Today's News

  • LABOR DAY: Making makeup her art

    Emily May is an artist.
    The human face is her canvas.
    She can transform one’s face in subtle or dramatic ways.
    And she’s making a career out of it.
    A career that is evolving, but it’s already taken her to places she never dreamed she would be, including doing makeup on celebrities for the 2014 CMA Awards and makeup for the 2015 Miss Hooters International Pageant in Las Vegas, Nevada.

  • LABOR DAY: Teenage Tycoon

    Jordan Hourigan is not your typical teenager.
    He can’t legally drive yet, but he’s already the co-owner of two businesses.
    The 16-year-old junior at Marion County High School is the co-owner of J&J Inks, a graphic design, screen printing and embroidery business and J&J Productions Mobile DJ Service.
    When he’s not in school, you will most likely find him at work.
    According to his mother, Joni, from a very young age her son always wanted to own his own business.

  • LABOR DAY: The road back home

    When Terry Brockman graduated from Marion County High School in 1979, he was ready to move on and never come back.
    And yet, Brockman, 54, did return to his hometown — where he is now working as a cataloger at the Marion County Public Library — after taking a circuitous route through Richmond, Louisville, Georgetown, Lexington and Florida before ending where he started.
    Brockman is the son of the late Albert Brockman and Cettie Hamilton, and he was raised on St. Rose Road, where his family kept a garden for food.

  • LABOR DAY: Putting it all together

    Kevin Gootee is 24 years old and already living his dream. He has a job that matches his interests, working as an engineer, in a place that he’s happy to call home, Marion County.
    Gootee is the son of John and Lou Ann Gootee of Lebanon.
    “My parents got 62 acres, so we did a lot of hobby farming,” he said.
    Gootee remembers raising chickens and growing sweet corn, tomatoes, potatoes and green beans when he was growing up.
    But he also liked taking things apart to see how they worked.

  • LABOR DAY: “Always the teacher’

    When Elma Simpson was growing up the Philippines, she dreamed of growing up and becoming a nurse.
    Instead, she has settled into a career in another country in another field entirely. Simpson, 40, heads the migrant education program for Marion County Public Schools.
    “I’m the director, advocate-slash-teacher,” she said. “I have a lot of roles.”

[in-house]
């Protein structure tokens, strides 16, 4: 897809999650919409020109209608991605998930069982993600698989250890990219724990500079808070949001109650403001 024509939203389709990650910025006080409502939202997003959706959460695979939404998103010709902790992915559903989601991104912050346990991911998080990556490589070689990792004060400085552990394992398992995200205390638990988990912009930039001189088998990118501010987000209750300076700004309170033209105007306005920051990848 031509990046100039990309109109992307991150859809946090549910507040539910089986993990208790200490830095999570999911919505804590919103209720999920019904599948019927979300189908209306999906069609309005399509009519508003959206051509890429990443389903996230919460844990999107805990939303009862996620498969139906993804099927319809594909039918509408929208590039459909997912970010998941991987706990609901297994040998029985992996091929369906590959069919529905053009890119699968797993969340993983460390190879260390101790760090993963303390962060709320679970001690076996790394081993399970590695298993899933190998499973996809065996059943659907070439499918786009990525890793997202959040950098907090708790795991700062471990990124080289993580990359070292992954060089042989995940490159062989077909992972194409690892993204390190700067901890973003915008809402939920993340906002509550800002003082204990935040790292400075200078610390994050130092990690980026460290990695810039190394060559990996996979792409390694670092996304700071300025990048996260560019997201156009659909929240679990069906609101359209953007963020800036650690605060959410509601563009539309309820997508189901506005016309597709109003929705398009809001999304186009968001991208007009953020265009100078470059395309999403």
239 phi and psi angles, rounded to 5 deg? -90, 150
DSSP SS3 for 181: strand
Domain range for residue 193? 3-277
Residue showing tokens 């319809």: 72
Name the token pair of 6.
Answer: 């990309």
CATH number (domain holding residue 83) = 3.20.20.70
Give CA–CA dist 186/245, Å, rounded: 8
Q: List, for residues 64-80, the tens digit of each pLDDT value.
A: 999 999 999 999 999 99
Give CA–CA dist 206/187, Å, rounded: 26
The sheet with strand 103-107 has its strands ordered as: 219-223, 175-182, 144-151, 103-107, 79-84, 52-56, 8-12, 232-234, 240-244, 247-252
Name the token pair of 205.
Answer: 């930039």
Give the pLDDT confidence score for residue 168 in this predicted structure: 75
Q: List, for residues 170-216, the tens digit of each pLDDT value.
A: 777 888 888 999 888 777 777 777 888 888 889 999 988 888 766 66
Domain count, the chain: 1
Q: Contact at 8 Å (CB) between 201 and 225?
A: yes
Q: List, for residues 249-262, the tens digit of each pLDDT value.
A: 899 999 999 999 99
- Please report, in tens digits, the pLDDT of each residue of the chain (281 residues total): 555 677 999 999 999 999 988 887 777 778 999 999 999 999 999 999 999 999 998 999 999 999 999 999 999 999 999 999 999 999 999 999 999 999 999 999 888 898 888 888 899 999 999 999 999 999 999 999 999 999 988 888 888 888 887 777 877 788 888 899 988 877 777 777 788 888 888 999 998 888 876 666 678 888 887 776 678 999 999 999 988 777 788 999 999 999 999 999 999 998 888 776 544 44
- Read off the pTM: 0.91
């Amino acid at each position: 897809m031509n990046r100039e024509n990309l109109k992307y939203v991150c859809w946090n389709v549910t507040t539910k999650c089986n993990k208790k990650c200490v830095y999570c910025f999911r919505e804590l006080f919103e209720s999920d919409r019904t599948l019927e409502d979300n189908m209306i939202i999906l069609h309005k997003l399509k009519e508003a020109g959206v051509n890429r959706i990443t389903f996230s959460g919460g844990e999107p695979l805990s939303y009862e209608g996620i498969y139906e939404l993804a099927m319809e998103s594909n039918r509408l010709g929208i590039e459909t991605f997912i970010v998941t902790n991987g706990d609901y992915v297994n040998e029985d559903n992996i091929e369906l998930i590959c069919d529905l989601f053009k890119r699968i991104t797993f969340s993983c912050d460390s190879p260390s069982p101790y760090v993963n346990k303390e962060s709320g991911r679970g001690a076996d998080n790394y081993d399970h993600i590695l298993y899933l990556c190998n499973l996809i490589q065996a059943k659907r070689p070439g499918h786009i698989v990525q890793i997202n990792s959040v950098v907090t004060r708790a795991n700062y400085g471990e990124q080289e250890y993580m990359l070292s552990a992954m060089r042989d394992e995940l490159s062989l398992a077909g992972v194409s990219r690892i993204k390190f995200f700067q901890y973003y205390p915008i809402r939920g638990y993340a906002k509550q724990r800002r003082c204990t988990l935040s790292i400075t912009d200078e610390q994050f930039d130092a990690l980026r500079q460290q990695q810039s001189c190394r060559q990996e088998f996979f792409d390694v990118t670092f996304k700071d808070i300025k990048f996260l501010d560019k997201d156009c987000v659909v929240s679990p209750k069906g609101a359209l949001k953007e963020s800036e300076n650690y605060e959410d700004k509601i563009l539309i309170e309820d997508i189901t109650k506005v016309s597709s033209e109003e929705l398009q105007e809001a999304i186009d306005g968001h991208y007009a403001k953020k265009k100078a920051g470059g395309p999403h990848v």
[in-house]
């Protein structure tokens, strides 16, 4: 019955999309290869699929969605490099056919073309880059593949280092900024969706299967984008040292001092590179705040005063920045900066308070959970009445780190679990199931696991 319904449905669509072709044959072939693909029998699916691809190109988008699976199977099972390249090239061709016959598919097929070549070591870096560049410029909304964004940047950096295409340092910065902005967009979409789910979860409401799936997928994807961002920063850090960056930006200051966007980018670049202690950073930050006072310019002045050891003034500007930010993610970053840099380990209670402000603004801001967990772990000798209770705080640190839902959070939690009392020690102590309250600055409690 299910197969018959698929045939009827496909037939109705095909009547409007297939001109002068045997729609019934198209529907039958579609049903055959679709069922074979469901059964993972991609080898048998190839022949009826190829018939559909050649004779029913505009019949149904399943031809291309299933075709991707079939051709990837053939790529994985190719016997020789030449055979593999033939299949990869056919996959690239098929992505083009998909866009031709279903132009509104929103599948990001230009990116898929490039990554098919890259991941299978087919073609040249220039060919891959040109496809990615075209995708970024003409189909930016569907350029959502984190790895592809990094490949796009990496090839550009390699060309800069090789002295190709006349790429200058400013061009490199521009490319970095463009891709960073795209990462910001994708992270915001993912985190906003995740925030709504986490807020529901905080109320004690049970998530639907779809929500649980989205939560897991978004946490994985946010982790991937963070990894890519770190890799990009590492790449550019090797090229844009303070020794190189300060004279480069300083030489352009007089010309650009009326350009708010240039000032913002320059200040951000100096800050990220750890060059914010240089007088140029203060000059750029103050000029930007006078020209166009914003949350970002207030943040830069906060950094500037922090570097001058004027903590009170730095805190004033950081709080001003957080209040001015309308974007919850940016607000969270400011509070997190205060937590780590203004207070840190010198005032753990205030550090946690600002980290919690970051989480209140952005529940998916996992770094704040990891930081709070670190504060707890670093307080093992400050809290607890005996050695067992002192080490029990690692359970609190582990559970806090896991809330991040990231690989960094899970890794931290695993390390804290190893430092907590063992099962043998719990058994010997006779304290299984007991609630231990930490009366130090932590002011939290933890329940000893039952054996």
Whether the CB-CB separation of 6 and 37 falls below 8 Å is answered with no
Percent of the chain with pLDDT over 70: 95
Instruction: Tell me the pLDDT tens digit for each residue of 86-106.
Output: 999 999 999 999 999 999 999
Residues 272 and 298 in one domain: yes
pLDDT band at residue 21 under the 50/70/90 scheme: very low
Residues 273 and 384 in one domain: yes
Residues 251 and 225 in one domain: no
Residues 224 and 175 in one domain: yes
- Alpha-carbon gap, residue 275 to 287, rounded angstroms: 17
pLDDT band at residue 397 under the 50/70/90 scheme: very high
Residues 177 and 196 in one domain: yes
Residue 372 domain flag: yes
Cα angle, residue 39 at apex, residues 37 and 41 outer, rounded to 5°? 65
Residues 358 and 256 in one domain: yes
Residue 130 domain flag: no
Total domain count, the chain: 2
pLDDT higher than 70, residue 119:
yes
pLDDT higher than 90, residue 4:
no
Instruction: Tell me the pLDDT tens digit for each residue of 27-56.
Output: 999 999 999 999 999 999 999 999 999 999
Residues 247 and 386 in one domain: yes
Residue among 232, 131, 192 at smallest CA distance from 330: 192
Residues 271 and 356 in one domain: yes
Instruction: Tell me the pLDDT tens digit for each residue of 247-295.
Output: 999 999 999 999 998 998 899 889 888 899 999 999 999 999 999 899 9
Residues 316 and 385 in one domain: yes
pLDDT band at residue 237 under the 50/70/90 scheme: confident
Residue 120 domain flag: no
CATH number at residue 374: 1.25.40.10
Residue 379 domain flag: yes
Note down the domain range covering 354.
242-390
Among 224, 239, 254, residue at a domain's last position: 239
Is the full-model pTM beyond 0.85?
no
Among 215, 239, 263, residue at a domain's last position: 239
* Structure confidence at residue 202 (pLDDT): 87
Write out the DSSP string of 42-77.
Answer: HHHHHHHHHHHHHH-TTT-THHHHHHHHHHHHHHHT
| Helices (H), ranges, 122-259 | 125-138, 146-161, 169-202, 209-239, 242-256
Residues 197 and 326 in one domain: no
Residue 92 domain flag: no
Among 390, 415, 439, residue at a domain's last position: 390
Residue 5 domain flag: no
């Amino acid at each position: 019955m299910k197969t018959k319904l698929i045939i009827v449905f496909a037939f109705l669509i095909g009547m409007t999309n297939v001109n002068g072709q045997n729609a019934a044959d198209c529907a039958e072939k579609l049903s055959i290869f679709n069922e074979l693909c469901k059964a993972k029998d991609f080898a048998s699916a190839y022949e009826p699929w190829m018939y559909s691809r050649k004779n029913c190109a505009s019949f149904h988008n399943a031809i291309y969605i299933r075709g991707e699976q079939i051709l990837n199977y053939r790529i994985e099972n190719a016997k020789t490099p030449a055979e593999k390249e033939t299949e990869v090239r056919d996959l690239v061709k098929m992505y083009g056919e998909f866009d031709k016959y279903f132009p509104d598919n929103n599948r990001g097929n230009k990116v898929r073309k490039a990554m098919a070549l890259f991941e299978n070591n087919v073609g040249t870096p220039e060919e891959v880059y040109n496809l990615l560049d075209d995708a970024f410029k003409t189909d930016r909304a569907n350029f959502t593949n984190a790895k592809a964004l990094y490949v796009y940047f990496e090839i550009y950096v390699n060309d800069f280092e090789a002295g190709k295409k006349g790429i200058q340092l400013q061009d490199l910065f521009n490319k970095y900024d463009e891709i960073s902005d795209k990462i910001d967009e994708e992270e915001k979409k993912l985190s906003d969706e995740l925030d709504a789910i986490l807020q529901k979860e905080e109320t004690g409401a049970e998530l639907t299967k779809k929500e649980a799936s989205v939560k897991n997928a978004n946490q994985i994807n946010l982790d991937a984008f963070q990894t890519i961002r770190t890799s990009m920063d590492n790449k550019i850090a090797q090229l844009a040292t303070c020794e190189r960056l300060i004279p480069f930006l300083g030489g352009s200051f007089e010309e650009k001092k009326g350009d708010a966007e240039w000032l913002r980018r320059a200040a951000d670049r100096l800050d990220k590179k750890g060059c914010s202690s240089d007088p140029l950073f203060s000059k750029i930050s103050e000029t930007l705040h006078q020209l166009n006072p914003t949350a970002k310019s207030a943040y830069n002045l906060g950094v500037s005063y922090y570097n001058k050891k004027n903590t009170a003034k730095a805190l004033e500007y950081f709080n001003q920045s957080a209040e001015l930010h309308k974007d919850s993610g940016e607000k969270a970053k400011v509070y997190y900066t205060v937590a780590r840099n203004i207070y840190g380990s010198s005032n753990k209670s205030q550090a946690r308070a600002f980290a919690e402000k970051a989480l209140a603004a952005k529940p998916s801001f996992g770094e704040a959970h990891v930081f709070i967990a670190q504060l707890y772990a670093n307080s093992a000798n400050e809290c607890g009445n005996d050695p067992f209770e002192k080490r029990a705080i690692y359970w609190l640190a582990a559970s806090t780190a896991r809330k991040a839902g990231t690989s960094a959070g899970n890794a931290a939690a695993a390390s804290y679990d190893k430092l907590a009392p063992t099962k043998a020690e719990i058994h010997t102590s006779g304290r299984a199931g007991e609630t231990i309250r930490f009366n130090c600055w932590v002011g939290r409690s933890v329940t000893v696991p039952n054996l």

• Fiscal court meets Thursday

    The Marion County Fiscal Court is scheduled to meet in regular session at 4 p.m. Thursday, Sept. 3 at the David R. Hourigan Government Building.
    The agenda includes:
    - Minutes
    - Accept library tax proposal report
    - Accept Marion County Conservation District annual financial report
    - Revised addendum to the interlocal cooperation agreement between the county and the City of Lebanon
    - Approval of Johnny Thompson for building code enforcement for Marion County
    - Set a hearing date for a petition to accept Windy Hills Road into the county road system

  • Board approves increased tax rate

    The Marion County Board of Education voted to increase its property tax rate from 53.8 cents per $100 valuation to 55 cents. The board unanimously approved the rate change at its Aug. 27 meeting, which followed a public hearing on the proposed rate change.
    The 55 cents per $100 rate is considered the 4 percent rate by the state because it generates 4 percent more revenue than the previous year’s rate, excluding new property.

  • Chamber hires new executive director

    The Marion County Chamber of Commerce has hired a new executive director, according to Interim Executive Director Lisa Kearnes. Greg Gribbins has accepted the position and will begin on Sept. 1. He replaces Stacy Mattingly who resigned to pursue a new position in sales.
    When Mattingly announced she was resigning, the chamber board elected a selection committee and started accepting resumes right away. Kearnes said they were pleased to have a candidate as experienced as Gribbins apply.

  • Biker gang murder trial underway in Warren County

    By Justin Story
    Bowling Green Daily News

    A man charged with murder in Casey County is being tried by a Warren County jury in a trial that started Monday.
    William Robert “Bobby” Rigdon, 30, of Lebanon, is accused of shooting Wendall Gleason Pyles, 50, on Sept. 26, 2012, at Tarter Gate Co. in Casey County, where Pyles worked.
    The case garnered considerable publicity in Casey County, leading to a change of venue for the jury trial.

  • Lebanon man acquitted of rape

    Howard K. Summers of Lebanon was indicted in March for first-degree rape and three counts of first-degree sexual abuse. Last week, Summers was acquitted on all charges.
    The accusations against Summers, 42, of 65 Parkside Drive stemmed from an allegation from Sept. 30, 2014. A Marion Circuit Court jury found Summers not guilty following a trial Aug. 27.